Obamacare enrollment for 2020 is lagging behind last year’s numbers despite lower premiums and more insurers competing in the markets, and the finger-pointing has already begun.
Blame is being cast on Trump administration cuts in Affordable Care Act outreach and education, but the drop-off also could be related to reduced joblessness and more people enrolling in employer-based health plans, analysts and researchers say.
Sign-ups for ACA plans in the 38 states that use the federal HealthCare.gov system totaled 2,372,957 for the period from Nov. 1 through Nov. 23, the most recent numbers from the Centers for Medicare & Medicaid Services. That was about 2% lower than the 2,424,913 who enrolled from Nov. 1 through Nov. 24, 2018.
With two more weeks to go before open enrollment ends Dec. 15, there could still be a surge in enrollment that makes up the difference. But lower enrollment figures could negate the Trump administration’s boast that it has been able to reduce premiums by 4% and get 20 more insurers in the exchanges.
A decline in Obamacare enrollment would also exacerbate concerns over a recent jump in the number of people without health insurance. Almost 2 million more people in 2018 lacked coverage than in 2017, according to the Census Bureau.
Cuts in Outreach, Sign-ups Help
The biggest challenges this year result from “actions taken by the Trump administration—lack of awareness and misinformation,” Joshua Peck, former chief marketing officer for HealthCare.gov in the Obama administration and co-founder of Get America Covered, said in an interview. Get America Covered helps people obtain health coverage, and Peck tracks enrollment.
The Trump administration has cut the ACA outreach and advertising budget by 90% from $100 million during the Obama years, and it has cut enrollment assistance funding by 80% to $10 million.
Those actions have contributed to only 5% of uninsured people knowing that the deadline to sign up is Dec. 15, as well as a perception that coverage is more expensive than it really is if you qualify for subsidies, Peck said.
About 87% of the 10.6 million people enrolled through the ACA marketplaces in 2019 received premium subsidies, according to the Centers for Medicare & Medicaid Services.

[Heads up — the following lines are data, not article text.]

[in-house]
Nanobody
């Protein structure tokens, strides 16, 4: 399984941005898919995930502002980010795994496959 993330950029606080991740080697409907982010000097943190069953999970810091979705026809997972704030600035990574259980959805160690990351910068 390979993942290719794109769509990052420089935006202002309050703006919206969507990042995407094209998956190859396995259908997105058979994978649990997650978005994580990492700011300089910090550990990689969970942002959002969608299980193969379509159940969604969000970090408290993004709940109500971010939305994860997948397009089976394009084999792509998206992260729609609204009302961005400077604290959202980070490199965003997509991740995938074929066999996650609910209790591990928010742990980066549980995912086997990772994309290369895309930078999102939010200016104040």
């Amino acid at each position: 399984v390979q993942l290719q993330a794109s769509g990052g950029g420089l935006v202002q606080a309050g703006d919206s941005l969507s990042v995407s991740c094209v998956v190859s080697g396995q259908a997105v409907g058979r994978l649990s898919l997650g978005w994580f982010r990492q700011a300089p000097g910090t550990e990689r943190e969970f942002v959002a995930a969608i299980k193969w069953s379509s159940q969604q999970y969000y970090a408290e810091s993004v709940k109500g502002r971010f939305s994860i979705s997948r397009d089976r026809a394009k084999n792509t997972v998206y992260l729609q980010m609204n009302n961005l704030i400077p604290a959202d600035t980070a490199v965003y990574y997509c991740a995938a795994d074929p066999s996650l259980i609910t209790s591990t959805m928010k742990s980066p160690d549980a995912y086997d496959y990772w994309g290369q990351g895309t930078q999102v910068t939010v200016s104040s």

Technical problems experienced by HealthCare.gov on the weekend of open enrollment appear may have reduced enrollment by about 100,000 people, but those problems appear to be largely resolved, Peck said. Still, “the real test is going to be really once we get into December and we see traffic sort of pick back up,” he said.
The CMS said in an emailed statement that “there are many factors that influence enrollment each year,” and it’s not possible to make a direct comparison to previous years’ enrollment numbers.
This year’s open enrollment reports also reflect one fewer day than last year, the CMS said.
Lower unemployment may also be a factor in reduced enrollment, Andrew Strohman, health-care data analyst at American Action Forum, said in an interview. The American Action Forum, a center-right policy think tank, published a recent analysis saying the 2020 ACA market is stabilizing.
Unemployment is now about 3.6%, compared with 4% in January. “You could see some more people taking up employer-sponsored insurance rather than enrolling in the individual market,” Strohman said.
ACA enrollment is likely to decline even among people who receive subsidies, David Anderson, a research associate at the Duke-Margolis Center for Health Policy at Duke University, said in an interview.
Utah, Idaho, Virginia, and Maine are expanding Medicaid under the ACA, which will pull “tens of thousands” of people out of the marketplaces, said Anderson, who co-authored a paper on ACA trends.
While lower premiums help people who don’t receive subsidies, they are also likely to depress enrollment among people who receive subsidies, Anderson said. “This is counter-intuitive,” he acknowledged.
Lower premiums mean subsidies are lower for benchmark plans on which the subsidies are based, “so a lot of people will be seeing slightly higher premiums in 2020 than they were seeing in 2019,” he said. “That might be worth a couple percentage points of enrollment.”
Impact of Short-Term Plans
The biggest unknown for 2020 is the impact of short-term health plans, which don’t comply with ACA requirements to provide comprehensive benefits and not discriminate against people with pre-existing conditions, Anderson said. Trump administration regulations that make it easier to market the short-term plans were issued in October 2018.
The plans are being “aggressively marketed,” Anderson said.
Insurers selling the plans have had a year to ramp up their marketing efforts, and “those plans should be attractive to reasonably young, reasonably healthy individuals because they’re much less expensive than ACA plans,” especially for higher income people who don’t qualify for substantial subsidies, he said.
Democrats have charged that the short-term plan regulations may pull healthy people out of the ACA market, which could result in higher costs for those plans.
Seth Teich, senior vice president and general manager of individual and small business markets for health insurance web broker eHealth Inc. said in an interview that sales of the short-term plans are not likely to affect ACA enrollment.
eHealth, based in Santa Clara, Calif., sells health plans on the ACA marketplaces as well as plans that don’t meet the ACA’s coverage requirements. eHealth reported major medical individual and family plan membership of more than 131,000 people as of Sept. 30.
“Even though prices are down modestly, if you’re unsubsidized, they’re still unaffordable for a lot of folks,” Teich said of ACA plans. Those consumers must choose between having no coverage or having a plan that will provide some level of catastrophic care, he said.